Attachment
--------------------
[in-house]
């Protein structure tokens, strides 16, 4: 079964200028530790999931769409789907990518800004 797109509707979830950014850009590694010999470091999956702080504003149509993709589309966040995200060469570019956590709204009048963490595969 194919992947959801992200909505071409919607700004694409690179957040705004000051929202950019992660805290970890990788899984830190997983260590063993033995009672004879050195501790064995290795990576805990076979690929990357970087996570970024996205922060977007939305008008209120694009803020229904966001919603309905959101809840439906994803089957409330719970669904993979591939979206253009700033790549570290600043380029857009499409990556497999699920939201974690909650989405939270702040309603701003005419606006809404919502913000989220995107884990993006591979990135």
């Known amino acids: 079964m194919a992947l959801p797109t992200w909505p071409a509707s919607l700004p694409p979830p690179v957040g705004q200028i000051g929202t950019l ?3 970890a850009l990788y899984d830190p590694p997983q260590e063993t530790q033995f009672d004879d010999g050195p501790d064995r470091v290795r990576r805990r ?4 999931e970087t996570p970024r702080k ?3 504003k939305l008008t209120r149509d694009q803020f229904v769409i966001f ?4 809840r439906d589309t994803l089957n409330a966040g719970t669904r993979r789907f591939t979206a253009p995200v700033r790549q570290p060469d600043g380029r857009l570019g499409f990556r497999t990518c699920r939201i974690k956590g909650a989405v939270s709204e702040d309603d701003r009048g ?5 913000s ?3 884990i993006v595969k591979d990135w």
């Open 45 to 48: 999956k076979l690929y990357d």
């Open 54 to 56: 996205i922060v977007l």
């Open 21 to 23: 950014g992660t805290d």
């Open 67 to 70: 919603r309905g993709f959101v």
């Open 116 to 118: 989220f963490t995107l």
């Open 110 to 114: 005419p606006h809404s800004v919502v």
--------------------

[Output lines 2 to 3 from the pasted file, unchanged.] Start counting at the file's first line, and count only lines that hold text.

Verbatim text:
């Protein structure tokens, strides 16, 4: 079964200028530790999931769409789907990518800004 797109509707979830950014850009590694010999470091999956702080504003149509993709589309966040995200060469570019956590709204009048963490595969 194919992947959801992200909505071409919607700004694409690179957040705004000051929202950019992660805290970890990788899984830190997983260590063993033995009672004879050195501790064995290795990576805990076979690929990357970087996570970024996205922060977007939305008008209120694009803020229904966001919603309905959101809840439906994803089957409330719970669904993979591939979206253009700033790549570290600043380029857009499409990556497999699920939201974690909650989405939270702040309603701003005419606006809404919502913000989220995107884990993006591979990135």
């Known amino acids: 079964m194919a992947l959801p797109t992200w909505p071409a509707s919607l700004p694409p979830p690179v957040g705004q200028i000051g929202t950019l ?3 970890a850009l990788y899984d830190p590694p997983q260590e063993t530790q033995f009672d004879d010999g050195p501790d064995r470091v290795r990576r805990r ?4 999931e970087t996570p970024r702080k ?3 504003k939305l008008t209120r149509d694009q803020f229904v769409i966001f ?4 809840r439906d589309t994803l089957n409330a966040g719970t669904r993979r789907f591939t979206a253009p995200v700033r790549q570290p060469d600043g380029r857009l570019g499409f990556r497999t990518c699920r939201i974690k956590g909650a989405v939270s709204e702040d309603d701003r009048g ?5 913000s ?3 884990i993006v595969k591979d990135w």